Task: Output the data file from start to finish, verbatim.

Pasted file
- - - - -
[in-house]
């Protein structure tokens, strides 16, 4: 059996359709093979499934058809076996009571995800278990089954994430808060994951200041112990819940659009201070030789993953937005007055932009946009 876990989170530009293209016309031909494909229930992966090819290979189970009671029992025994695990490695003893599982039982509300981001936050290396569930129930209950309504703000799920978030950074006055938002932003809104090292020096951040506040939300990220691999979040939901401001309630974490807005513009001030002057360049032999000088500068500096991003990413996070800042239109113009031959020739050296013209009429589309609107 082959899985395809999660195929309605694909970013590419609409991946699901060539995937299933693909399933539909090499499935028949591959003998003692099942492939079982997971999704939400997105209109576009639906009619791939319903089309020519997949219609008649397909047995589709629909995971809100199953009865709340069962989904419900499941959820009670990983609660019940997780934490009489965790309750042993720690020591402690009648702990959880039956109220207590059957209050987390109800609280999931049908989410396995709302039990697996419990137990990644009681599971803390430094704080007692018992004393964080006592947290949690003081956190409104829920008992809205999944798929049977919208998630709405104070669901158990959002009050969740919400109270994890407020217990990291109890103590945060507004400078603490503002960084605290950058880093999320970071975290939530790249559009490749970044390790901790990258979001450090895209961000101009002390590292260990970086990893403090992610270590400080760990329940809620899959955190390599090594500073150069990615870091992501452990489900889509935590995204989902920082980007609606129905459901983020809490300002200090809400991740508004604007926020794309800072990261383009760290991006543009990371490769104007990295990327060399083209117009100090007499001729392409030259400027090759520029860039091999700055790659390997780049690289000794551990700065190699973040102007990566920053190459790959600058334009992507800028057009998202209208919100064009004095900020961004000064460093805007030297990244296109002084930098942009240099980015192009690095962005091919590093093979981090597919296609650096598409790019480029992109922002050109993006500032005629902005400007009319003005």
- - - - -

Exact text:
[in-house]
């Protein structure tokens, strides 16, 4: 059996359709093979499934058809076996009571995800278990089954994430808060994951200041112990819940659009201070030789993953937005007055932009946009 876990989170530009293209016309031909494909229930992966090819290979189970009671029992025994695990490695003893599982039982509300981001936050290396569930129930209950309504703000799920978030950074006055938002932003809104090292020096951040506040939300990220691999979040939901401001309630974490807005513009001030002057360049032999000088500068500096991003990413996070800042239109113009031959020739050296013209009429589309609107 082959899985395809999660195929309605694909970013590419609409991946699901060539995937299933693909399933539909090499499935028949591959003998003692099942492939079982997971999704939400997105209109576009639906009619791939319903089309020519997949219609008649397909047995589709629909995971809100199953009865709340069962989904419900499941959820009670990983609660019940997780934490009489965790309750042993720690020591402690009648702990959880039956109220207590059957209050987390109800609280999931049908989410396995709302039990697996419990137990990644009681599971803390430094704080007692018992004393964080006592947290949690003081956190409104829920008992809205999944798929049977919208998630709405104070669901158990959002009050969740919400109270994890407020217990990291109890103590945060507004400078603490503002960084605290950058880093999320970071975290939530790249559009490749970044390790901790990258979001450090895209961000101009002390590292260990970086990893403090992610270590400080760990329940809620899959955190390599090594500073150069990615870091992501452990489900889509935590995204989902920082980007609606129905459901983020809490300002200090809400991740508004604007926020794309800072990261383009760290991006543009990371490769104007990295990327060399083209117009100090007499001729392409030259400027090759520029860039091999700055790659390997780049690289000794551990700065190699973040102007990566920053190459790959600058334009992507800028057009998202209208919100064009004095900020961004000064460093805007030297990244296109002084930098942009240099980015192009690095962005091919590093093979981090597919296609650096598409790019480029992109922002050109993006500032005629902005400007009319003005």